Thursday, July 10, 2014

Fab 50

When you see a lot of movies, it’s incredibly easy to take some for granted.  And so it’s been my whole life with Richard Lester’s A Hard Day’s Night (1964), the Beatles’ best movie and one I’ve seen plenty of times.  It’s smart, funny, loose & limber, and supremely enjoyable.
But until last Sunday, I’d never seen it on the big screen.  For how many surprises can a film you’ve seen over and over yield just from a change of venue?  As I’m repeatedly reminded, plenty.
My impression walking out of the film I thought I knew so well (in theaters again for its 50th anniversary) was of astonishment.  Wow.  From that first legendary chord, to the whirling chaos of the pursuit in the train station, and then from one song or setpiece to another, the sheer energy of the film—propulsive, buoyant, irreverent—is impossible to fully appreciate on the small screen, where many of the tropes that Night pioneered (the flurried editing, the hand-held mockumentary lensing, the music video pacing) have become a natural part of the visual language of TV.
But in the theater, where the immersive insanity (and dry whimsy) of the film are writ large, it’s another experience altogether.  Which is why, in a very real sense, as much as I love channels like TCM and the availability of older or obscure films on DVD, I don’t really consider ever having seen a movie until I’ve seen it in a cinema, the way it was meant to be seen.  It’s not just Bigger = Better; it’s that watching a film the way it was meant to be seen often completely changes your relationship with the way a shot is composed, the way the sound is designed, the way your attention can’t afford to drift.  In the movie house, the death of Frank Poole in 2001 in the vast silence of space is terrifying; at home, it’s like you left the Mute button on.
I remember the first time I truly was hit by this sledgehammer of truth.  I wrote my senior thesis in college on the films of David Cronenberg (this was right after Naked Lunch was released).  This meant watching The Brood (1979) countless times on my VHS player at home, until I thought I knew this nervy, bizarre movie inside and out.  But not long after, the Pacific Film Archive decided to program it, and so I went.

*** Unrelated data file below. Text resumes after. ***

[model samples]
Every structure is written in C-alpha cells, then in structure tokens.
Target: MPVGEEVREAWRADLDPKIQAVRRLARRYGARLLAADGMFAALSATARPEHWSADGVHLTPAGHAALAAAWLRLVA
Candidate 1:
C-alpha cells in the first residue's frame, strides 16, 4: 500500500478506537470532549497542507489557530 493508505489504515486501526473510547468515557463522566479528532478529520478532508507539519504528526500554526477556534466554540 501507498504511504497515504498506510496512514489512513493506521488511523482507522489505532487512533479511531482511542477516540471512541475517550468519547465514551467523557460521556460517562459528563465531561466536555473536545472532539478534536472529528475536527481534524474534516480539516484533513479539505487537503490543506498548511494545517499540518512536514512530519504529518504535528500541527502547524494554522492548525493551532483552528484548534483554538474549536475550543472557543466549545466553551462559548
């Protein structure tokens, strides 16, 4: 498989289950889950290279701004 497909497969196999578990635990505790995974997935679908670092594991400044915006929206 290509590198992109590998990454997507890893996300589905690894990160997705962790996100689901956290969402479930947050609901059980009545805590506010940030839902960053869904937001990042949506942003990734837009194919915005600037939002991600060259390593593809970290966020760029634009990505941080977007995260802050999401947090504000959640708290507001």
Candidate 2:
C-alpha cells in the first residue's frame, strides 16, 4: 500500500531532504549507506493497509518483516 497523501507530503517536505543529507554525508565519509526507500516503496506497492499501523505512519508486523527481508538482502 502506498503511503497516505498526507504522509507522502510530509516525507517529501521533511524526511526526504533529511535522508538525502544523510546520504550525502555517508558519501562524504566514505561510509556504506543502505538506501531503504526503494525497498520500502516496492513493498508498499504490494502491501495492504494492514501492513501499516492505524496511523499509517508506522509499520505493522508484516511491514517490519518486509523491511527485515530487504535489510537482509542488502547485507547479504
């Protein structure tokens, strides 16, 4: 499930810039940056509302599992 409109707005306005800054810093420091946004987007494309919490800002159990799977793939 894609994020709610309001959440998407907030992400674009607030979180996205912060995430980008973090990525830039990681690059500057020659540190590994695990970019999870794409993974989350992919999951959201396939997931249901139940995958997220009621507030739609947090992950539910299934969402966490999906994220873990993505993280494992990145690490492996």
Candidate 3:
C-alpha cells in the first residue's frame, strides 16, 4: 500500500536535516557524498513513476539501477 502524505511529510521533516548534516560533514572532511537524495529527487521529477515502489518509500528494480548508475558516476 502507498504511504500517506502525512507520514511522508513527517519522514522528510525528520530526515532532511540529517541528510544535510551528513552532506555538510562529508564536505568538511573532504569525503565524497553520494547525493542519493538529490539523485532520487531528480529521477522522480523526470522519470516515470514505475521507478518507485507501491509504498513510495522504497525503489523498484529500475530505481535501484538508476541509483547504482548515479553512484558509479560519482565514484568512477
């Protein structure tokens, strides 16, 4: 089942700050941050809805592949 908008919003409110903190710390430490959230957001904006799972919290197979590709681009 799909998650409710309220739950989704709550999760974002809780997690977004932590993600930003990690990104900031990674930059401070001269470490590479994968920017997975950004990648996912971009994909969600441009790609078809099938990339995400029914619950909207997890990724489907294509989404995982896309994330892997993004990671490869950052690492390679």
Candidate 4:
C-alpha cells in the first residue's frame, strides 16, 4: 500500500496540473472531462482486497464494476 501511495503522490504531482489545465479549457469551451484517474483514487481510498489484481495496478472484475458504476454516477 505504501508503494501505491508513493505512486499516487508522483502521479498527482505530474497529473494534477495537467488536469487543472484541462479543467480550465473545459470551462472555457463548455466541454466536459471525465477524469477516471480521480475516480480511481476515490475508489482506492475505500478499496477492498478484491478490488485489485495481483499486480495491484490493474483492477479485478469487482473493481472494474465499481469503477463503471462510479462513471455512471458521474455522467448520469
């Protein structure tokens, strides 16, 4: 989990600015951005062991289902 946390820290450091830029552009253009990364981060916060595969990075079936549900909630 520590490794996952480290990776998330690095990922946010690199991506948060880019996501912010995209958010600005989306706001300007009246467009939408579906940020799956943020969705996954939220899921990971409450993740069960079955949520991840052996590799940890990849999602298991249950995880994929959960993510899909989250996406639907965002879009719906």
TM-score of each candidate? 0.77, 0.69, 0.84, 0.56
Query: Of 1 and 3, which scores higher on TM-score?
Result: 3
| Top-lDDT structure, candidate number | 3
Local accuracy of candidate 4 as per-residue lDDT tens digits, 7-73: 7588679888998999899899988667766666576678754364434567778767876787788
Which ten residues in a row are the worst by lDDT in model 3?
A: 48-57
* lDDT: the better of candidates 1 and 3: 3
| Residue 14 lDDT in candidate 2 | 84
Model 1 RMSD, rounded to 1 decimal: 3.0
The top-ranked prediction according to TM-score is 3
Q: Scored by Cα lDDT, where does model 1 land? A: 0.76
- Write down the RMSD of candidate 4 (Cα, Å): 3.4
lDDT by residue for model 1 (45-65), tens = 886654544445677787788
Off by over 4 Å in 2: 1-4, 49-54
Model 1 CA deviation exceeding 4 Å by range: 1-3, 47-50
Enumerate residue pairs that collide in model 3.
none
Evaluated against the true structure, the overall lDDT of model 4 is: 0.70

And it devastated me.  The full spectrum of emotion that sometimes felt campy at home was now in its full, rich, grandiose power.  And the same goes Cronenberg's mise en scene.  There’s one shot, with two of the brood walking the lead’s daughter through the snow, all three in their colorful jumpers, that seemed little more than transitional in my living room, but was one of the most heart-breaking shots I’d ever seen sitting there in the dark.
This is why I see far more films in the theater every year (shorts and features) than I ever do at home.  I rarely buy DVDs and despise watching anything on the internet.  For movies, the cinema is their home and I’m lucky I live somewhere where the selection of films I can see that way is boundless.  But as the glorious rawness of this 1964 classic reminds me, I still have a lot of catching up to do.

It’s worth noting that in addition to the marvelous characterizations of the Fab Four, the wonderfully visualized songs (particularly “Can’t Buy Me Love”) and the anarchic hijinks, the film has a couple of postage stamp references as well.
Hanging out in their hotel room, their manager Shake brings in a batch of fan mail for Paul, John, and George--but not Ringo.  His bandmates playfully take the piss on their drummer until Shake returns with a batch twice as big just for Ringo himself.

Shake: “Hey, here”
John: “Are those yours?”
Shake: “No, they’re for Ringo”
John: “It must’ve cost you a fortune in stamps, Ringo”

Later, the boys visit a TV studio where they'll be performing at a broadcast.  Some dancing girls are rehearsing to an elevator-music version of "I Only Want to Dance with You".  As the practice ends, the Beatles' other manager Norm goes over their schedule:

Norm: “Now, you’ve got about an hour but don’t leave the theatre. Where are you going, John?”
John (with blonde): “She’s going to show me her stamp collection.”
Paul (grabbing brunette's hand): “So is mine”
Dancing girl: “But I haven’t got any stamps...”

The Beatles stamp (Scott #3188o) is from the Celebrate the Century series, while the Ed Sullivan stamp (#4414j) is from the Early TV Memories issue.

Top 10 Favorite Films of 1964

1. Dr. Strangelove (Kubrick)
2. Onibaba (Shindo)
3. The Umbrellas of Cherbourg (Demy)
4. A Hard Day's Night (Lester)
5. I Am Cuba (Kalatozov)
6. The Gospel According to St. Matthew (Pasolini)
7. The Naked Kiss (Fuller)
8. Man's Favorite Sport? (Hawks)
9. Woman in the Dunes (Teshigahara)
10. The Train (Frankenheimer) 

Top 10 Favorite Beatles songs
(note: none of them are from my favorite Beatles album, Revolver)

1. "Strawberry Fields Forever" 
2. "Here Comes the Sun"
3. "I Saw Her Standing There" 
4. "She's Leaving Home"
5. "Ticket to Ride" 
6. "Things We Said Today"*
7. "Hey Jude"
8. "I Feel Fine"
9. "While My Guitar Gently Weeps"
10. "In My Life"

*This is actually on the album A Hard Day's Night, but sadly not included in the movie itself.